• A blistering assault on America’s senior military leadership. The Wall Street Journal
  • Bing West has reconfirmed his standing as one of the most intrepid and insightful observers of America’s wars. . . . One Million Steps reveals the essence of small-unit combat, the very soul of war. The Weekly Standard
  • This book is a searing read, but it is one that all Americans should undertake. We send our sons into battle, and few know what our warriors experience. Gary Anderson, The Washington Times
     
  • A moving account of bravery . . . Marine veteran [Bing] West offers a suspenseful account of the perilous mission, during which the platoon suffered a greater than 50 percent casualty rate. . . . West demonstrates the tenacity and cohesion that kept this fighting force together and driven despite the horrendous conditions. The author gives a terrific overview of the Western attempt after 9/11 to expunge Al-Qaida, while the U.S. remained ostensibly to build a democratic nation. Kirkus Reviews
  • “Bing West has created another masterpiece of war reporting. His first, The Village, was his personal account of leading a Marine rifle platoon in Vietnam. Now he has done it again. If you want a firsthand account of small-unit infantry combat, this book is it, and few others will ever top it.”

    Colonel Gian Gentile, U.S. Army (retired), author of Wrong Turn: America’s Deadly Embrace of Counterinsurgency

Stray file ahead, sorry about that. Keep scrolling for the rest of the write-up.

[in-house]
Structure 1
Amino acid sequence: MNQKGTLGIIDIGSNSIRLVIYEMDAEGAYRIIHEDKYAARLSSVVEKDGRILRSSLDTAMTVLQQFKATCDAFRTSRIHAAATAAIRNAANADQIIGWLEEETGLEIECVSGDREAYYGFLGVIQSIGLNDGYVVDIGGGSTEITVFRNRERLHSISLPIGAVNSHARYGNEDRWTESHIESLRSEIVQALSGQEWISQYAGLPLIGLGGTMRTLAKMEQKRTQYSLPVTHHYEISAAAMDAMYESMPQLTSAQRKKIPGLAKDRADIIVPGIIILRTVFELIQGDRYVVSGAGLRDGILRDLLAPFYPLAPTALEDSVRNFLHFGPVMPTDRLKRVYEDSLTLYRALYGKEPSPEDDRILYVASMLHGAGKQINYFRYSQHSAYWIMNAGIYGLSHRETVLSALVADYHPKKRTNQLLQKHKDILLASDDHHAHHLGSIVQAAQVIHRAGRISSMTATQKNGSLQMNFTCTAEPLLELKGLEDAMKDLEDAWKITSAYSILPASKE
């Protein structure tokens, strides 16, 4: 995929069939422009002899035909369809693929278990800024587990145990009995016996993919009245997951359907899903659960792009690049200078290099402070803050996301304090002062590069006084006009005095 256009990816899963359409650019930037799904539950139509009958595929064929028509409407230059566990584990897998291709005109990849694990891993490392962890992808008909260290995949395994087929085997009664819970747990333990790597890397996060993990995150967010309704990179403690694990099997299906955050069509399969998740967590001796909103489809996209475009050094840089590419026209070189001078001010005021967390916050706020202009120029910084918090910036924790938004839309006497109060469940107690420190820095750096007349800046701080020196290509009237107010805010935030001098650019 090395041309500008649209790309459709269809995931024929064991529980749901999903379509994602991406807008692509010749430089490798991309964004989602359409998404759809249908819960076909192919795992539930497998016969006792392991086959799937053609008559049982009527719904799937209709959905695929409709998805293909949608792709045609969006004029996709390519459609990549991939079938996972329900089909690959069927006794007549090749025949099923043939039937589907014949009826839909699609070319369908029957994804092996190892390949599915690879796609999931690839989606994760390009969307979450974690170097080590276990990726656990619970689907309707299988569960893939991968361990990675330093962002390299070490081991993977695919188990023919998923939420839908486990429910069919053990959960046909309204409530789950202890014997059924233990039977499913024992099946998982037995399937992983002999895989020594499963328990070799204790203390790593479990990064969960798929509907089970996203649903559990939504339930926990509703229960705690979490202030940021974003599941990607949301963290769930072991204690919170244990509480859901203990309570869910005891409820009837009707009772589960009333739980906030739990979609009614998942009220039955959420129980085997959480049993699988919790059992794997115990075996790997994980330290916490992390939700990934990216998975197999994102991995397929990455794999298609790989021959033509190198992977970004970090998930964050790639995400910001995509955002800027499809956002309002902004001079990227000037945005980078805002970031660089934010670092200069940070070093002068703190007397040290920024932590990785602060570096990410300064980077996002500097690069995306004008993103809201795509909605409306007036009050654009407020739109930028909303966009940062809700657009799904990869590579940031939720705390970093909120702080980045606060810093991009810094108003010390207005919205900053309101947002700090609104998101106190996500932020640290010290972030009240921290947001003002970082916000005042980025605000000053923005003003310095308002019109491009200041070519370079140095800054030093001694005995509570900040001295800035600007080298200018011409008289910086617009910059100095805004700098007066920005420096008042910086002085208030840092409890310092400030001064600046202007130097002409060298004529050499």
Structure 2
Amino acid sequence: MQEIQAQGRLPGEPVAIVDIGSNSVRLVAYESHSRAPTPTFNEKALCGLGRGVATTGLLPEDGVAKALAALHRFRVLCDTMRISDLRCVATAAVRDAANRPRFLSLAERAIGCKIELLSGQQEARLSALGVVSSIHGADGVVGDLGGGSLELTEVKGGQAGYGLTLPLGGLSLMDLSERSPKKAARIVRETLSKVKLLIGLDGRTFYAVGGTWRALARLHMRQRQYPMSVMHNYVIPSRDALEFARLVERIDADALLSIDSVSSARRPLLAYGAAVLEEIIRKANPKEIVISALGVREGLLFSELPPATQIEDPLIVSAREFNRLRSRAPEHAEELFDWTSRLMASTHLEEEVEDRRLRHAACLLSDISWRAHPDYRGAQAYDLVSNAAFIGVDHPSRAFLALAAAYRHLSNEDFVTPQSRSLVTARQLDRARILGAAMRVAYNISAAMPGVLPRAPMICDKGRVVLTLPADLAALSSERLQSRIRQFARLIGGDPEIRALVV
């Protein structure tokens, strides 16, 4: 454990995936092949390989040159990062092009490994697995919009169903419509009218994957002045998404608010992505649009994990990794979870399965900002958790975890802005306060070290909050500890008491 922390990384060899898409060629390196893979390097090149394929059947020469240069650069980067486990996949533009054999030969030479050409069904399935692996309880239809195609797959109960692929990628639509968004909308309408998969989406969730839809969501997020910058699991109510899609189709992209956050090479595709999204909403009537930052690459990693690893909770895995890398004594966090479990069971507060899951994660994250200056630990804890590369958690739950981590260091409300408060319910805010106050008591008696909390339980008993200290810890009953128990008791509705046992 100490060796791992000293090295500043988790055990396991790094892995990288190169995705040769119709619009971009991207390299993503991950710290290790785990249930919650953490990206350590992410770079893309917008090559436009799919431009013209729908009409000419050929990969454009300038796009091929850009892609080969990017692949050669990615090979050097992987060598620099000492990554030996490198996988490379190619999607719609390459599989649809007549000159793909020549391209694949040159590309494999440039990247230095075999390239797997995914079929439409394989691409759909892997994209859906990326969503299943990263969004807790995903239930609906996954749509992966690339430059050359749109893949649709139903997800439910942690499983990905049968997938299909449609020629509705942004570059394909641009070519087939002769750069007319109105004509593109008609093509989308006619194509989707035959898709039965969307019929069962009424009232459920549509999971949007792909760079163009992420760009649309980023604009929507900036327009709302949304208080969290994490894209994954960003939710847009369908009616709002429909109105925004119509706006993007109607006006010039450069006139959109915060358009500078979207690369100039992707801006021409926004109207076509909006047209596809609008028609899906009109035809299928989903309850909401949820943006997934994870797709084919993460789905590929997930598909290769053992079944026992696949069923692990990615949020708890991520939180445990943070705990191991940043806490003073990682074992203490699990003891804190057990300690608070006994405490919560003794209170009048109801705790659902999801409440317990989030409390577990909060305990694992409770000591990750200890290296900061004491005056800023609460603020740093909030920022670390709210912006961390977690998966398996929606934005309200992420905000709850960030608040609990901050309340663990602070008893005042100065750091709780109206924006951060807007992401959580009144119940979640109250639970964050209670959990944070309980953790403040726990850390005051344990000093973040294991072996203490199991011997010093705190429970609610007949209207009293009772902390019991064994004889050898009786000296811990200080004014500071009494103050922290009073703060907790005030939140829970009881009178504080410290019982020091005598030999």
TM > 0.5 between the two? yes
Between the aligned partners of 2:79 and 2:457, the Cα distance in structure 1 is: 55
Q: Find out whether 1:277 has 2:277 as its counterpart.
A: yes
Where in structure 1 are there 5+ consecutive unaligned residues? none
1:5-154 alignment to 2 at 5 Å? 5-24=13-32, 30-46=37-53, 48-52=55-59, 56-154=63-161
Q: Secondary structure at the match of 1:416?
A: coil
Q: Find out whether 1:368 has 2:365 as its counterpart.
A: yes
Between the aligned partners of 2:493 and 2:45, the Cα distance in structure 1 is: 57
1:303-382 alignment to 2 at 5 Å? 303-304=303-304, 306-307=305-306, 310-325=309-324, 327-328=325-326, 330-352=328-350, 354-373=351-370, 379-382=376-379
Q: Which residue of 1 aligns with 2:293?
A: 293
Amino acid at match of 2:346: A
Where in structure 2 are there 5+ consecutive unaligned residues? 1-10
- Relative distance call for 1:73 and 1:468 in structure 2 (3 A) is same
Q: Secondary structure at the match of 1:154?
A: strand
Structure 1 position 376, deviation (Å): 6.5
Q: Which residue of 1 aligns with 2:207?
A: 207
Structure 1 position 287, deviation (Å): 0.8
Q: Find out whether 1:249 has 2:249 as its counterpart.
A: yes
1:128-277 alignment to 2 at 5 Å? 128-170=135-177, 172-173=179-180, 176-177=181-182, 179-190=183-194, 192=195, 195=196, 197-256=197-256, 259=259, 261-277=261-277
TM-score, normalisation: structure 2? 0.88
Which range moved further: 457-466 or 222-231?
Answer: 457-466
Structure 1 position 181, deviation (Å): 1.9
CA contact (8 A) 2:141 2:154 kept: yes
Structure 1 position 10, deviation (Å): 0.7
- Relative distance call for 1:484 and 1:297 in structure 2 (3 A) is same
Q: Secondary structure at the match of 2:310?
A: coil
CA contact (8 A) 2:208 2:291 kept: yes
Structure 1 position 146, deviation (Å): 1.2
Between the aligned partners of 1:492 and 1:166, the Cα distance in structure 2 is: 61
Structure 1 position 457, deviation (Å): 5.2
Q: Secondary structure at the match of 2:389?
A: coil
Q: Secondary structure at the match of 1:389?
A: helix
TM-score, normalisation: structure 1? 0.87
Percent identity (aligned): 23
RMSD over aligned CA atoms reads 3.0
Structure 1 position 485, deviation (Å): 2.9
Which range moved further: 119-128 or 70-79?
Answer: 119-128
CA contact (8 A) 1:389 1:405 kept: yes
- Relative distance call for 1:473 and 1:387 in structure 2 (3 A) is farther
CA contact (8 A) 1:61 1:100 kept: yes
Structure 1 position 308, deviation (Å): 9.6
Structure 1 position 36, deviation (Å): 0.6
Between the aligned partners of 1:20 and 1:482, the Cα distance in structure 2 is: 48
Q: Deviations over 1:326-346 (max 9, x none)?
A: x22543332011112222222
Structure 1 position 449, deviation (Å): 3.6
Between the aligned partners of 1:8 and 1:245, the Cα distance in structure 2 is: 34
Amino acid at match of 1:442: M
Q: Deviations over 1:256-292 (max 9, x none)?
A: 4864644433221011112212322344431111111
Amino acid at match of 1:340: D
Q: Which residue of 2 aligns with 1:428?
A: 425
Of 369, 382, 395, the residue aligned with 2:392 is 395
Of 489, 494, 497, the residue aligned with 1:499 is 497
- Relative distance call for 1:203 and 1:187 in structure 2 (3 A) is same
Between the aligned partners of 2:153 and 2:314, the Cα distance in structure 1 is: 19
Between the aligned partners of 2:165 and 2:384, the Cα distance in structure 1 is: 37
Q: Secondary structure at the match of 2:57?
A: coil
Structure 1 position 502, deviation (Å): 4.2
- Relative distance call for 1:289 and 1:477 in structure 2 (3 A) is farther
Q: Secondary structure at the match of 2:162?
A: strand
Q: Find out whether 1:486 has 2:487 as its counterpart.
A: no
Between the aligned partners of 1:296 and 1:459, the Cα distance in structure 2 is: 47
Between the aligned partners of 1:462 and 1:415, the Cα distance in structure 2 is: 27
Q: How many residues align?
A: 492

• “These are Marines at the Marine Corps’s best—worthy successors to all who wore the cloth before them. Bing West uses his Marine infantry experience in Vietnam to great advantage, comparing and contrasting strategy, tactics, technology, and daily life. He ends by expressing frustration because such great sacrifices are being made willingly and eagerly by admirable Marines—but to what end? This book will indeed make you think and ask why.”

    Brigadier General Thomas V. Draude, USMC (Ret.), president of the Marine Corps University Foundation

  • “A suspenseful account of the perilous mission, during which the platoon suffered a greater than fifty-percent casualty rate…West demonstrates the tenacity and cohesion that kept this fighting force together and driven despite the horrendous conditions. The author gives a terrific overview of the Western attempt after 9/11 to expunge al-Qaeda…West’s last chapter, ‘Who Will Fight for Us?’ offers a heartrending assessment of the collapse of this long war of attrition. A moving account of bravery.”

    Kirkus Reviews